# Implementing basic graph theory functions in APL with matrices

I had to solve three problems on graph theory that I solved by implementing a utility function and 3 functions, one for each of the problems.

The problem set defines the input for all my functions as a E+1 x 2 matrix (they call this an edge list) where the first row V E contains the number of vertices V in the graph and the number E of edges. The other E rows contain the endpoints of edges, so a row a b means there's an edge between vertices a and b.

• Degrees is a function that retrieves the degree of a given vertex; e.g. Graphs.Degrees 8 2 ⍴ 6 7 1 2 2 3 6 3 5 6 2 5 2 4 1 4 gives 2 4 2 2 2 2;

• DoubleDegrees is a function that, given a vertex v, retrieves the sum of the degrees of the neighbours of v (i.e. the vertices connected to v by an edge); e.g. Graphs.DoubleDegrees 5 2⍴ 5 4 1 2 2 3 4 3 2 4 gives 3 5 5 5 0;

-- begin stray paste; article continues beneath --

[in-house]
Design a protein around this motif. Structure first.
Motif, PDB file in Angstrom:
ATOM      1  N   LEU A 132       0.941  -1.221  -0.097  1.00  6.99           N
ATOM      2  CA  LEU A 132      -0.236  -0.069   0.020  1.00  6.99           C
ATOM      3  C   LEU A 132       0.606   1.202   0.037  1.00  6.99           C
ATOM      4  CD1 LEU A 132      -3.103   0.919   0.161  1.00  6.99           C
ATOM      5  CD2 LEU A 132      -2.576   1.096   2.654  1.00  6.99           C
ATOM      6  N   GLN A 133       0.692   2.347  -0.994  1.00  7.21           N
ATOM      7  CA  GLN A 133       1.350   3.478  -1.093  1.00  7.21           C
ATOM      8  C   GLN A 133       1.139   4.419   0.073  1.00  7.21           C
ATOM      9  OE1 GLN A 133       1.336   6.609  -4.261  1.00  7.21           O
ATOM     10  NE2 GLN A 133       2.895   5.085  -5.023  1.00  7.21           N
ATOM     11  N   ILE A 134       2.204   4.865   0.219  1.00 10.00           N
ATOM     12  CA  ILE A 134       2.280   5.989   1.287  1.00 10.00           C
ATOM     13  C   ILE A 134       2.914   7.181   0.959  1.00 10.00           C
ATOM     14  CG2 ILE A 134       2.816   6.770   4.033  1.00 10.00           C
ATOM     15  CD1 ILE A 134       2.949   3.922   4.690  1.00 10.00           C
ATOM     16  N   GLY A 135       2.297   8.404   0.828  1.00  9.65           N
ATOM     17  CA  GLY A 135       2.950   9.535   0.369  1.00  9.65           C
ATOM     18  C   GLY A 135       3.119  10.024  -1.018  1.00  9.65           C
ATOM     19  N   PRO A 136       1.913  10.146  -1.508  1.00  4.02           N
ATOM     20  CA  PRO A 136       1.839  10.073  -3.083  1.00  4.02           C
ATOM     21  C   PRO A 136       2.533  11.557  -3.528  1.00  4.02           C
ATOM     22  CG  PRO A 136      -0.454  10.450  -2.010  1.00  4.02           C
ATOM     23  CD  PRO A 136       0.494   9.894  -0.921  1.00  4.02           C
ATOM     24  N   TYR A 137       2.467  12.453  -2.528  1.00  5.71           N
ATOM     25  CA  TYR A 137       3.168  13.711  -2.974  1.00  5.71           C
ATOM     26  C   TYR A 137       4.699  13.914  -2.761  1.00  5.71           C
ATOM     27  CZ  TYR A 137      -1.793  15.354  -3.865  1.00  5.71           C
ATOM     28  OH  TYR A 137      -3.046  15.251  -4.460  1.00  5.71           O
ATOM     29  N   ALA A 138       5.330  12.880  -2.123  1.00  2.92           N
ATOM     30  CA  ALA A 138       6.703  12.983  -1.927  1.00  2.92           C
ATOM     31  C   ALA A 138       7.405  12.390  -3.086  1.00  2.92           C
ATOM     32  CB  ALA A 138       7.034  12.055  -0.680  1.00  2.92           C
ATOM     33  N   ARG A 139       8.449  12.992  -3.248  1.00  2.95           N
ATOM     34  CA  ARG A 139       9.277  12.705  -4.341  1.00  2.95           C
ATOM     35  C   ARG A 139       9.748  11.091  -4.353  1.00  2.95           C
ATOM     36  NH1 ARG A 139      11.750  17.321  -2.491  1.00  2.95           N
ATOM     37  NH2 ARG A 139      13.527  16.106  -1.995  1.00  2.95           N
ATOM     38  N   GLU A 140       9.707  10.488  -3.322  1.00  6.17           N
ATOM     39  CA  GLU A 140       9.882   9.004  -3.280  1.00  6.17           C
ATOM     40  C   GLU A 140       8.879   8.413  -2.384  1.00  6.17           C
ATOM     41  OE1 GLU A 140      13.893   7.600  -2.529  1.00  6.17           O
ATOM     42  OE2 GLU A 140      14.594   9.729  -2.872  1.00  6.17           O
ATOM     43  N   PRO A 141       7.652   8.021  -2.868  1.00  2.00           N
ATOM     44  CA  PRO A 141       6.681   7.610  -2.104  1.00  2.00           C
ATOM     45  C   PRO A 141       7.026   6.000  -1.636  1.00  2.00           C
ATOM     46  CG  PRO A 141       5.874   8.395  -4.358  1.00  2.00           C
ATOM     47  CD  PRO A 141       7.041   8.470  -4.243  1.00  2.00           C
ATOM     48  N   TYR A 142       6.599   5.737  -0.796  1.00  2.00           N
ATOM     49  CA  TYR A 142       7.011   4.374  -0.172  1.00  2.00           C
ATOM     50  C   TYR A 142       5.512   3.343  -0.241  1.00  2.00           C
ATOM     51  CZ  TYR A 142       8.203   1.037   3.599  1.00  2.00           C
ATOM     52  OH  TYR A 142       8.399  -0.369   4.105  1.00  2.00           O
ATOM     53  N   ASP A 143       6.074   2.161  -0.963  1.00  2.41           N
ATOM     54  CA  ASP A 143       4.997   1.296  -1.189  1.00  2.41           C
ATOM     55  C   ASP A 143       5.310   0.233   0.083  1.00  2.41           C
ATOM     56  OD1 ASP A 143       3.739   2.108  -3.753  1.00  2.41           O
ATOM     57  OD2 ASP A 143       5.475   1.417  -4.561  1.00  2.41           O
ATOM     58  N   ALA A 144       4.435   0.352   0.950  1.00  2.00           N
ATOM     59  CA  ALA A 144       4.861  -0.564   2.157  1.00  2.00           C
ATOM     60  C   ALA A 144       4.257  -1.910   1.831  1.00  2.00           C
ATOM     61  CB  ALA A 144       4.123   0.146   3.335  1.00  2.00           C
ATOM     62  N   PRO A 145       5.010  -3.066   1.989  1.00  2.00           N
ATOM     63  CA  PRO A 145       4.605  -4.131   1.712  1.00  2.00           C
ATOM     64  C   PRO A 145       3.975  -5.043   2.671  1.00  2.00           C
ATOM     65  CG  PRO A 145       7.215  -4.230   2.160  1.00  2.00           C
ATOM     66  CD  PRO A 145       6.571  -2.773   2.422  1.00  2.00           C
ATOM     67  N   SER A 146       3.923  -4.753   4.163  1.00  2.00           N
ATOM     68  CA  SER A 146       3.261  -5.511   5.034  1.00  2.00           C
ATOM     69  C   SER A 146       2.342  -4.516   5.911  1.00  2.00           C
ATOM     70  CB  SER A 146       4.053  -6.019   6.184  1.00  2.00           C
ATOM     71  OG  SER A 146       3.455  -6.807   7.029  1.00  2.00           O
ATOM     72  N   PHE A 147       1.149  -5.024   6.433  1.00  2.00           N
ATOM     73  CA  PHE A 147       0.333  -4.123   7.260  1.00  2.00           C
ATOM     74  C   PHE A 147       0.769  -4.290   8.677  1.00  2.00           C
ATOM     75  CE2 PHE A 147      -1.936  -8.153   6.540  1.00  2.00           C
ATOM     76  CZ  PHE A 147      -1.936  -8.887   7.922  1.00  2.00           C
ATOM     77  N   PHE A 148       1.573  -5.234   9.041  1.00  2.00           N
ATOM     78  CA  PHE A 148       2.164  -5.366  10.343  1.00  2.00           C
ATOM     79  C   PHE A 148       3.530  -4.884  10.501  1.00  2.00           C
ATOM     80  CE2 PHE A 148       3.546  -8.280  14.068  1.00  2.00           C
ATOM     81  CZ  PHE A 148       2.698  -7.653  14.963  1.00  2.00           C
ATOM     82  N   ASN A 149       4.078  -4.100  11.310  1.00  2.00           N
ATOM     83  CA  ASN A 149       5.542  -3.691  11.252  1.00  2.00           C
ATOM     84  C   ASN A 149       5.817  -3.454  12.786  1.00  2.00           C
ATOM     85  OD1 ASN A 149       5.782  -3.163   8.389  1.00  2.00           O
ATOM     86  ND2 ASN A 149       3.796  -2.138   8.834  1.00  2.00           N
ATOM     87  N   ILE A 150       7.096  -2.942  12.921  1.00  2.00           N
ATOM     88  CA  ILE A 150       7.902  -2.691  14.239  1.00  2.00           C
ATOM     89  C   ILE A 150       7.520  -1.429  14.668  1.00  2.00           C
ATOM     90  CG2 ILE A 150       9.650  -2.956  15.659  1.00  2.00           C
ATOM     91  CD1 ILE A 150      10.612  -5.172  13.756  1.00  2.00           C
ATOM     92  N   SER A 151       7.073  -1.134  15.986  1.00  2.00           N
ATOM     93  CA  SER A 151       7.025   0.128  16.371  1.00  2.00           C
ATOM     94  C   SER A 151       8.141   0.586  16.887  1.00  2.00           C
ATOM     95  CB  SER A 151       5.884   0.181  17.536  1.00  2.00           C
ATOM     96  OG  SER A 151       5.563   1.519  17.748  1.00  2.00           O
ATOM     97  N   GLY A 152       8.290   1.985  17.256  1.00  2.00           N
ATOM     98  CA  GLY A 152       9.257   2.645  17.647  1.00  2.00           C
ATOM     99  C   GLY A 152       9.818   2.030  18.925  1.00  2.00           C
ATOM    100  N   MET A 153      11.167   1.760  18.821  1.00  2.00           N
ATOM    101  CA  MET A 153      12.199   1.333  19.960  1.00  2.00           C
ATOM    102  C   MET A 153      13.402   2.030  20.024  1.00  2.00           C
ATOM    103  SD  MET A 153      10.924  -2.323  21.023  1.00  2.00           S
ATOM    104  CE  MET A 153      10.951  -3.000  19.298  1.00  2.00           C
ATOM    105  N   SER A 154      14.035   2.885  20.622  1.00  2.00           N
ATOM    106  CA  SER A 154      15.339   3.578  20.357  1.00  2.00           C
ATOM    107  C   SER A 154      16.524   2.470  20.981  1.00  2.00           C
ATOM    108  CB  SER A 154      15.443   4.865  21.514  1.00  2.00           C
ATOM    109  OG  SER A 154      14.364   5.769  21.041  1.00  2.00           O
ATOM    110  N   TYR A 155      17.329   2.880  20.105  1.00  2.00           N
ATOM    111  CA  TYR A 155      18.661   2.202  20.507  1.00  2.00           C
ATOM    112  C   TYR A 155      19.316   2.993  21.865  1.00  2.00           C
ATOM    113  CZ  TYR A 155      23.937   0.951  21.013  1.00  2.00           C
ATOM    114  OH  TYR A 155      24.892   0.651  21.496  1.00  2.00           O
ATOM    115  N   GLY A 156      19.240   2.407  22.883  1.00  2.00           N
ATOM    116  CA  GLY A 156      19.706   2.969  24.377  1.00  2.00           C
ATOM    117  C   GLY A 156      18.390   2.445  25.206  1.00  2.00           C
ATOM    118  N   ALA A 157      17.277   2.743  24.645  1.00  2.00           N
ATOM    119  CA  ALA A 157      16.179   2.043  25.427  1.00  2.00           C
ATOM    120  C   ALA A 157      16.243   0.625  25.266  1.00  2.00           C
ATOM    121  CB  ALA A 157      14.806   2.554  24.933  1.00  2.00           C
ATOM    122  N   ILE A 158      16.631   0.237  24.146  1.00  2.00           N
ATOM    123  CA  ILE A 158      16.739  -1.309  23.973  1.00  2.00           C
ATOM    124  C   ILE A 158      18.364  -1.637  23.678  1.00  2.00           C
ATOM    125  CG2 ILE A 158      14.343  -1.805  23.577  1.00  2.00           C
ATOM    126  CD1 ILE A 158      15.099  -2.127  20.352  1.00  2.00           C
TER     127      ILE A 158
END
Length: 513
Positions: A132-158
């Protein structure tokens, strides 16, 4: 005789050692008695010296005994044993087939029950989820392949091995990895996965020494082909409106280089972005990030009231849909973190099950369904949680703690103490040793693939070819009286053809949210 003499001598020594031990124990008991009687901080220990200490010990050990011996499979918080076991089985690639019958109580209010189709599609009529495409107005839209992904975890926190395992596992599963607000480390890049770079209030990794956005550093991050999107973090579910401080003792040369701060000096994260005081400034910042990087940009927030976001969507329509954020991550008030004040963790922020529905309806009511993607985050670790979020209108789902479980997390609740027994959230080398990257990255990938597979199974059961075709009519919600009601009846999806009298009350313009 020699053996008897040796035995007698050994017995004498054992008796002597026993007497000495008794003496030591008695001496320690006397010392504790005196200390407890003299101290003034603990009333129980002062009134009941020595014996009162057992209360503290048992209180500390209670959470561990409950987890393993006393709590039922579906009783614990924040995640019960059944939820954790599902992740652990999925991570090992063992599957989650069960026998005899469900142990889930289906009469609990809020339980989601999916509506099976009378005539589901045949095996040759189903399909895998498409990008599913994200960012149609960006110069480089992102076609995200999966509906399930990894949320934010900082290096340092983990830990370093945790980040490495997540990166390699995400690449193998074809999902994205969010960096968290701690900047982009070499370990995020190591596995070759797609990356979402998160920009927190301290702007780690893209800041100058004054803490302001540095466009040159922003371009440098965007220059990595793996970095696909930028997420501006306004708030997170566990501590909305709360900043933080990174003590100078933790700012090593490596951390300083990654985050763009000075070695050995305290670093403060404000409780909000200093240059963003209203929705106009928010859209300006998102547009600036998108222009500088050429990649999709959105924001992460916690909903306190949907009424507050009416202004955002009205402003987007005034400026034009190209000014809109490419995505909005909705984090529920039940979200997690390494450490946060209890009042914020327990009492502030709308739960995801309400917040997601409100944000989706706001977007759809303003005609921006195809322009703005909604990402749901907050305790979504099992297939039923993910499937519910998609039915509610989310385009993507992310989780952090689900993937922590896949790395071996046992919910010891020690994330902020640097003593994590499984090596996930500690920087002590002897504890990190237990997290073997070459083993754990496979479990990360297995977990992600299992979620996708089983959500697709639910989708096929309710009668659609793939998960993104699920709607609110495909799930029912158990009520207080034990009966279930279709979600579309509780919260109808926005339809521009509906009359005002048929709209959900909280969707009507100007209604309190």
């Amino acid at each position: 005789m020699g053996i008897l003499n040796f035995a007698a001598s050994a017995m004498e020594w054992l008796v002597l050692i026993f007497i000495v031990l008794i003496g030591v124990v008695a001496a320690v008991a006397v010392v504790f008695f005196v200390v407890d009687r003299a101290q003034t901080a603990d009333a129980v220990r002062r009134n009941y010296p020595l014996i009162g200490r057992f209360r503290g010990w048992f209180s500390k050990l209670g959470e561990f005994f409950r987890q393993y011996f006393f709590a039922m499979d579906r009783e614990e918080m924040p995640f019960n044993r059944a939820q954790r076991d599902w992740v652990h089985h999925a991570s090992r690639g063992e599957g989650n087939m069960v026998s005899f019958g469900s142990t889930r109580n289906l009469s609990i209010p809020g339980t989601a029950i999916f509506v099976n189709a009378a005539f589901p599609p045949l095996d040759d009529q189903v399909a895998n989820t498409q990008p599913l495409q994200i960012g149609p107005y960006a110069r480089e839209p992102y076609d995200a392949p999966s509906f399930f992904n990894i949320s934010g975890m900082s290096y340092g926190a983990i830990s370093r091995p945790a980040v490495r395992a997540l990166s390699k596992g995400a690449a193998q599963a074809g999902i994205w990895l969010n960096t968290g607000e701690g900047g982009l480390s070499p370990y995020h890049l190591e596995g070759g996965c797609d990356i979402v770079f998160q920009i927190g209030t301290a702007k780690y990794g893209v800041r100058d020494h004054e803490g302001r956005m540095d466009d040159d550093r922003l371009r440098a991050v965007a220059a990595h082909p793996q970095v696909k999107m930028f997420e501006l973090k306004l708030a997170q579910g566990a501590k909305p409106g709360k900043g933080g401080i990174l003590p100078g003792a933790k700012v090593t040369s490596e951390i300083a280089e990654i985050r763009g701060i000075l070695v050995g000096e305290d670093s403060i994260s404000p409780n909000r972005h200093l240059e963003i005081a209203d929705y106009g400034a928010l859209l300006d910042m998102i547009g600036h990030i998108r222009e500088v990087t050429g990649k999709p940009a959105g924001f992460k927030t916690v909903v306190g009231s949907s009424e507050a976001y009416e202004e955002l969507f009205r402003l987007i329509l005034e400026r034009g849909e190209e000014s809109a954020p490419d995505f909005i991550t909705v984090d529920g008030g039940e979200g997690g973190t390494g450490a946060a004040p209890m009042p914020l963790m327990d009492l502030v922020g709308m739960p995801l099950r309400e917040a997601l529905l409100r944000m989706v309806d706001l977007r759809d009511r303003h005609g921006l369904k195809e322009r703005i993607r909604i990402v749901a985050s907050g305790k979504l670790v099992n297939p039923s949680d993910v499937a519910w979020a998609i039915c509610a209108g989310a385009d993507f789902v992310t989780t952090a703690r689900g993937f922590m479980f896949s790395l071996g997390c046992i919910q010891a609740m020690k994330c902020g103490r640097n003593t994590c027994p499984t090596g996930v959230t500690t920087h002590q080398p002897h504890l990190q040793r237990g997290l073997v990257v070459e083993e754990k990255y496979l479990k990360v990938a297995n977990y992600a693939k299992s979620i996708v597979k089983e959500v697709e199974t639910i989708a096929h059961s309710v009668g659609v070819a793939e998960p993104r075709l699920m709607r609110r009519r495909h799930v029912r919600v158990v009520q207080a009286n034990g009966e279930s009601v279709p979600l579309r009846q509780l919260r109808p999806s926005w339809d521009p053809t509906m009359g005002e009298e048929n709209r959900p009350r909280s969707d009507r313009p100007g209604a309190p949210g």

• ConnectedComponents is a function that counts the number of connected components in the graph; e.g. Graphs.ConnectedComponents 14 2⍴12 13 1 2 1 5 5 9 5 10 9 10 3 4 3 7 3 8 4 8 7 11 8 11 11 12 8 12 gives 3.

The functions work as expected.

I'm particularly interested in feedback on the AdjacencyMatrix and on the ConnectedComponents functions. Also, I believe the DoubleDegrees and ConnectedComponents functions are sub-optimal since they use simple algorithms but make use of matrix multiplications and search algorithms would be faster (in other languages). Is this still efficient code for APL? Or would a search-based solution be more efficient?

:Namespace Graphs
⍝ This particular namespace contains functions related to graphs.